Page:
These notes describe a compact 2-way loudspeaker system that uses high-quality Vifa drivers. The original system was developed for senior project credit in the Georgia Tech Audio Laboratory in 1990 by an electrical engineering student named Kirk Wrzesien. Kirk's objective was "to design a premium 2-way loudspeaker system for a small dorm stereo system and for use as rear loudspeakers in a home surround sound system". The system uses Vifa drivers in a vented-box enclosure. A student assistant who was working for me in 1991 tested a set of the speakers for another student who built them for special problems credit. He was so impressed with the frequency response that he wrote a note on the student's report asking me to please not discard it because he wanted to build a pair, which he did.
Kirk's original system used a commercially available enclosure. Its internal volume and Helmholtz resonance frequency were only approximately correct. These plans describe an enclosure that is designed for the Vifa woofer.
Here are some pictures of the speakers that were built by Dave Anderson: Picture 1 and Picture 2. Dave built two cabinets, inner cabinets of MDF using the dimensions specified in the plans and outer cabnets of cherry plywood.
The crossover network is a passive network that consists of a first-order low-pass filter on the woofer and a second-order high-pass filter on the tweeter. The crossover frequency for the tweeter is approximately 3000 Hz. The crossover frequency for the woofer was chosen experimentally for optimum frequency response with the tweeter. A L-pad is used to attenuate the signal to the tweeter by about 4 dB to equalize the on-axis pressure sensitivities of the two drivers.
In spring 2001, an ECE faculty member at Georgia Tech built the speakers and considered the sound to be too bright for his taste. He changed the 3 ohm resistor in the crossover network to 4 ohms and the 15 ohm resistor to 8.2 ohms and was pleased with the results. I was reminded of what people long ago called "west coast sound" and "east coast sound." Seems that west coast manufacturers, e.g. JBL and Altec, made loudspeakers with a hot high end. Whereas manufacturers in the New England area, e.g. Acoustic Research and KLH, made loudspeakers with a more muted high end. The two-way speakers described here have a very flat frequency response. But if you prefer something closer to the east coast sound, you might want to use the alternate resistor values. After listening to a set of speakers for a while, nothing can be more annoying if they sound too bright. I recommend the resistor change is you will be sitting close to the speakers.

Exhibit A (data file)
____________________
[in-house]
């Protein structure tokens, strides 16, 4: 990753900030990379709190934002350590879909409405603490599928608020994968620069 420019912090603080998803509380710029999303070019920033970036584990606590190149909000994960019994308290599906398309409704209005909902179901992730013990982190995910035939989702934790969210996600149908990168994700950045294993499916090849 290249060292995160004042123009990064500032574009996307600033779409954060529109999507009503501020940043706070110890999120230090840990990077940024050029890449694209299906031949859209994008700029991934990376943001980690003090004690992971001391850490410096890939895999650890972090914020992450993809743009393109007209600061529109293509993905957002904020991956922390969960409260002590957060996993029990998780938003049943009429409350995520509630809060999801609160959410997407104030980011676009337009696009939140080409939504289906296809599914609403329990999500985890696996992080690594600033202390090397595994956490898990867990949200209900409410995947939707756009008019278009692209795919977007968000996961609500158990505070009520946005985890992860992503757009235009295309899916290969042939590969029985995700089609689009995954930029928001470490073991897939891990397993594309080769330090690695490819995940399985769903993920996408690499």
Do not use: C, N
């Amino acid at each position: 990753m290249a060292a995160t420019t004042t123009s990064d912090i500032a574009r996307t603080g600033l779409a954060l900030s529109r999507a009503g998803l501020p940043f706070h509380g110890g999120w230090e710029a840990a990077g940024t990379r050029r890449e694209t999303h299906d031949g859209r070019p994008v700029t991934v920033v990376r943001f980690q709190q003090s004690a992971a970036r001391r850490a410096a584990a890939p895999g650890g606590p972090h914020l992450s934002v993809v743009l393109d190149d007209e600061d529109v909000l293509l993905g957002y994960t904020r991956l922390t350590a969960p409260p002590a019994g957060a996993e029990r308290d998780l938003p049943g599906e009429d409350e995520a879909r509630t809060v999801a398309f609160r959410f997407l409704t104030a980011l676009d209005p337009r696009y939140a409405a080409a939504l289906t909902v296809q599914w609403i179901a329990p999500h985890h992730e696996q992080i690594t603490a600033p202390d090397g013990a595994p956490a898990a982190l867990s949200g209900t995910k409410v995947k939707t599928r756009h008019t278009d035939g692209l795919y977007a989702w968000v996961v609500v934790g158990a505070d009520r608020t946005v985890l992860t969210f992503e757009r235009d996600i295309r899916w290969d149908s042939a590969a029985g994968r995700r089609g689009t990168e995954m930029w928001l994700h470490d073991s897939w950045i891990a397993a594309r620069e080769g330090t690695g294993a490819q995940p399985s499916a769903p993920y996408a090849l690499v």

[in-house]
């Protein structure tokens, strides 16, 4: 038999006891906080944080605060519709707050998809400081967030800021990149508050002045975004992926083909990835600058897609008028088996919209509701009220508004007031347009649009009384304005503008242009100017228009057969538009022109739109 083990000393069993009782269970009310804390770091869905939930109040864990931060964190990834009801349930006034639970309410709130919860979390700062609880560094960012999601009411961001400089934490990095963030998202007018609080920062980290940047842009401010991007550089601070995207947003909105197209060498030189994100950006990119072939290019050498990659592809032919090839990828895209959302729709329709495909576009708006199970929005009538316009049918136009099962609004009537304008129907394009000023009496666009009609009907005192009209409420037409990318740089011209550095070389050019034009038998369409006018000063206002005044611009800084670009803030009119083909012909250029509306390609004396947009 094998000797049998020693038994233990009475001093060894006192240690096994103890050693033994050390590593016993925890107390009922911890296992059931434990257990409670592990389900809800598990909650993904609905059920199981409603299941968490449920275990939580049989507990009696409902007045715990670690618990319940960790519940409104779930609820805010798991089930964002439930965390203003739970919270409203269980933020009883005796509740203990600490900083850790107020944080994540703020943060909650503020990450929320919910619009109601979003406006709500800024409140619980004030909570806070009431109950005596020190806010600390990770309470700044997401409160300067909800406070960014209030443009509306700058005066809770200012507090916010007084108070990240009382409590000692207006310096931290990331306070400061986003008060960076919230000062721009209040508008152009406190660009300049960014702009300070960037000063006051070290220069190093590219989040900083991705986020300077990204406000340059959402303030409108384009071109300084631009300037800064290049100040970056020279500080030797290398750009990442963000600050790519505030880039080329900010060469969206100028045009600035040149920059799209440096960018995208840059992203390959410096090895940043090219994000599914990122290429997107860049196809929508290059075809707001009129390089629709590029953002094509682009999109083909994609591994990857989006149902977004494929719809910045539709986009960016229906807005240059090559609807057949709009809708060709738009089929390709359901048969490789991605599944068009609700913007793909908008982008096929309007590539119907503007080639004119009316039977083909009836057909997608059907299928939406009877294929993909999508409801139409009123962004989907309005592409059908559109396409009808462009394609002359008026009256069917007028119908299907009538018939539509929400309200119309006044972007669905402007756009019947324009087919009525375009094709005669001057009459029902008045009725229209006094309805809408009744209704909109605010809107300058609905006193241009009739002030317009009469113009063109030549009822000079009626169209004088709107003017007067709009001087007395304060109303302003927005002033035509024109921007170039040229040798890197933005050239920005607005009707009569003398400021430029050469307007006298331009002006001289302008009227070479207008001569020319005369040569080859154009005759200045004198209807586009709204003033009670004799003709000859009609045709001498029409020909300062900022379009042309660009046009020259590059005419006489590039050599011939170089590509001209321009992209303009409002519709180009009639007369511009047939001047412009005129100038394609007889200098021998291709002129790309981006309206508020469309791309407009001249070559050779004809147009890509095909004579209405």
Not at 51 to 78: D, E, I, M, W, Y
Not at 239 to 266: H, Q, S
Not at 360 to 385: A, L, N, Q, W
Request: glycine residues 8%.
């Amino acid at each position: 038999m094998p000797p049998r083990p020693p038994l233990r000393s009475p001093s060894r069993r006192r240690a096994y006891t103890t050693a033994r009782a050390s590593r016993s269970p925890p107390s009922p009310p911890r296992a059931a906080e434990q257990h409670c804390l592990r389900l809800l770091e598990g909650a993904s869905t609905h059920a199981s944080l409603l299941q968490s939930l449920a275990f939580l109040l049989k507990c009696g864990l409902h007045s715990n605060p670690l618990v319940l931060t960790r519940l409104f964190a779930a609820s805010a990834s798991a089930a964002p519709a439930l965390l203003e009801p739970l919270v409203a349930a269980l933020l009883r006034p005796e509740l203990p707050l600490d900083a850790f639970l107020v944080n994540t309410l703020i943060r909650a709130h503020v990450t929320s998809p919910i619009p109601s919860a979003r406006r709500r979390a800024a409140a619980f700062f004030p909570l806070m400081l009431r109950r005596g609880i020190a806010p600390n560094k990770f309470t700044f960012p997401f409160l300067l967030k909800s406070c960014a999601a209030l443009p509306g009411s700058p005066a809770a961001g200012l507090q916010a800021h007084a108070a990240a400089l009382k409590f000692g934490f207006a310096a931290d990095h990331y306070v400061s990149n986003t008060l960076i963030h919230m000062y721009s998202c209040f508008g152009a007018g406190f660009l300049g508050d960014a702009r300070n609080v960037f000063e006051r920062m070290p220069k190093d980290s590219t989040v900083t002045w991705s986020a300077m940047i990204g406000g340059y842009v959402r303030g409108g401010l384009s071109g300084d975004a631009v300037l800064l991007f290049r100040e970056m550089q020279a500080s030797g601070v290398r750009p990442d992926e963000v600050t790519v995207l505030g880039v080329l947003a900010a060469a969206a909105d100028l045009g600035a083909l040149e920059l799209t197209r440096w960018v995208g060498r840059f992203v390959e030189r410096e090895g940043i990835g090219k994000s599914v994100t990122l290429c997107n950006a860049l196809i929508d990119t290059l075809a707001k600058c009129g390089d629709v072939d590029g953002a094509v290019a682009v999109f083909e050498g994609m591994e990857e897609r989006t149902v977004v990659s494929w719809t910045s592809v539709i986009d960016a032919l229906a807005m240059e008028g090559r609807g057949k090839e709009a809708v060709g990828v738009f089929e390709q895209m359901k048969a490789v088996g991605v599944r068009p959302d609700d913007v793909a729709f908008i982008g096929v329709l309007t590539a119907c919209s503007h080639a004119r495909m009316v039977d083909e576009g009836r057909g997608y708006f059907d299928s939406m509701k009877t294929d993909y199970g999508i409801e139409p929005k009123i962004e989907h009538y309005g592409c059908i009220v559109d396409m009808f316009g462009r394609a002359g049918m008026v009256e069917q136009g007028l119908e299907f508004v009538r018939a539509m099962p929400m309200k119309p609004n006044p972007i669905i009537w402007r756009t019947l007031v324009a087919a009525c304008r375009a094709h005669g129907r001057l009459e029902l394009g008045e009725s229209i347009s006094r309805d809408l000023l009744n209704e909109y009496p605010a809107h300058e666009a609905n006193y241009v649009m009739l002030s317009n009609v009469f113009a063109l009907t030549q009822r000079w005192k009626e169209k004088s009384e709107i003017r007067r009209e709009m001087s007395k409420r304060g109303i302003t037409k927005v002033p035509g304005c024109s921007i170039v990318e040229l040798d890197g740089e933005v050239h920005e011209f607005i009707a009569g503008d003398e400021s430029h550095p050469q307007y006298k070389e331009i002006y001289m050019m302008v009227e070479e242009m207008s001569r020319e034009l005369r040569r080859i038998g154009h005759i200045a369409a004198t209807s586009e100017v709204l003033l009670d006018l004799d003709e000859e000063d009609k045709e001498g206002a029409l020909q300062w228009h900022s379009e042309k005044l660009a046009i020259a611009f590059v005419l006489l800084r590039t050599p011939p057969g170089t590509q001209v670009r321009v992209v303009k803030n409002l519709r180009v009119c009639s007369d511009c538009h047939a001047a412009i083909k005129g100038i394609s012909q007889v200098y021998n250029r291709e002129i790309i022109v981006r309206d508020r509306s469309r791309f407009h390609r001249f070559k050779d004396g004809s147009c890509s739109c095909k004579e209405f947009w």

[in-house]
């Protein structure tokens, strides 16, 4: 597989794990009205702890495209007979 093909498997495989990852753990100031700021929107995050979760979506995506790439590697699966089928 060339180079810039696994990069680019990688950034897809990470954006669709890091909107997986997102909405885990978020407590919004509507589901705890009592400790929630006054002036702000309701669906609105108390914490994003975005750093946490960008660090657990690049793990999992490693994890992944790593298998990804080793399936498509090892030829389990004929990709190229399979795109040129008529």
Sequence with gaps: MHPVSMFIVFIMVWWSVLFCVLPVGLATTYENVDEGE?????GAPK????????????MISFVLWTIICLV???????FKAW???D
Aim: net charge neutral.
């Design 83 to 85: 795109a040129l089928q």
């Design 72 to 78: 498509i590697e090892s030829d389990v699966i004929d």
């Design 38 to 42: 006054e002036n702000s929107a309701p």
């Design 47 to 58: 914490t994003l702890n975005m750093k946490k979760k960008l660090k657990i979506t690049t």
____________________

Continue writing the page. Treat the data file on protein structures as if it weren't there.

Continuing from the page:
The drivers, port (vent tube), and crossover network components for a stereo pair of speakers are as follows:
The enclosure has an internal volume of just under 0.6 cubic foot. The effect on the woofer parameters of the resistance of the inductor in the crossover network has been taken into account in its design. In addition, the volume is adjusted to account for the volume occupied inside the box by the woofer and the port. The box plans assume that the back panel is screwed to 3/4 inch by 3/4 inch bracing around the inside back of the box. There is no other bracing in the box. If the box design is changed, the dimensions must be adjusted to maintain the correct internal volume. The internal dimensions of the empty box are as follows:
A very nice looking box can be built with 3/4 inch veneered plywood. The edges on the front, sides, top, and bottom can be miter cut so that the only edges which show are around the back panel. To construct the boxes in this way, the following pieces of 3/4 inch plywood are required for two boxes:
The dimensions for the back panels are reduced by 1/16 inch to keep the fit from being too tight. The pieces should be cut so that the veneer grain matches at the joints between the sides, the top, and the bottom. The grain on the front panel should be oriented along the long dimension of the panel. After the pieces are cut, the edges can be miter cut at a 45 degree angle before they are assembled. Before miter cutting the front panel, the holes for the drivers and the ports should be cut. On each front panel, cut the holes for the tweeter and the woofer so that the two drivers are on a center line with a spacing that separates the outside frames by one panel thickness. Cut the hole for the port so that it is one panel thickness from the outside frame of the woofer and away from the box walls.
The box dimensions are calculated for 3/4 inch by 3/4 inch bracing around the inside back of the box. The back panel is screwed to this bracing to close the box. The following pieces of bracing are required for each box:
The lengths of the bracing pieces are reduced by 1/16 inch to prevent too tight a fit.
So that the boxes can be opened in case of repair, the back panels are not glued on. To provide an air tight seal for each back panel, the bracing to which it is screwed should be lined with a 1/4 inch thick weather stripping tape. This best tape for this purpose is a closed-cell tape that is sometimes called "camper tape". Two brand name manufacturers are Macklanburg-Duncan Co. and Dennis. Use 3/4 inch wide tape if you can find it. Do not use tape narrower than 1/2 inch.
Once the pieces are cut, the box can be assembled using the following procedure:
The drivers and crossover network components can be purchased from the Audio Lab of Georgia, 3611 Clearview Place, Atlanta, GA 30340 (770-455-0571). Audio Labs carries some general purpose crossover network circuit boards which can be used with the system. Georgia Tech students usually get a discount at Audio Labs. A good wood working shop which can make the boxes is Wood Wonders, 1200 Foster St., NW, Atlanta, GA (404-355-4778). These people really do a good job at a reasonable price and I recommend them.
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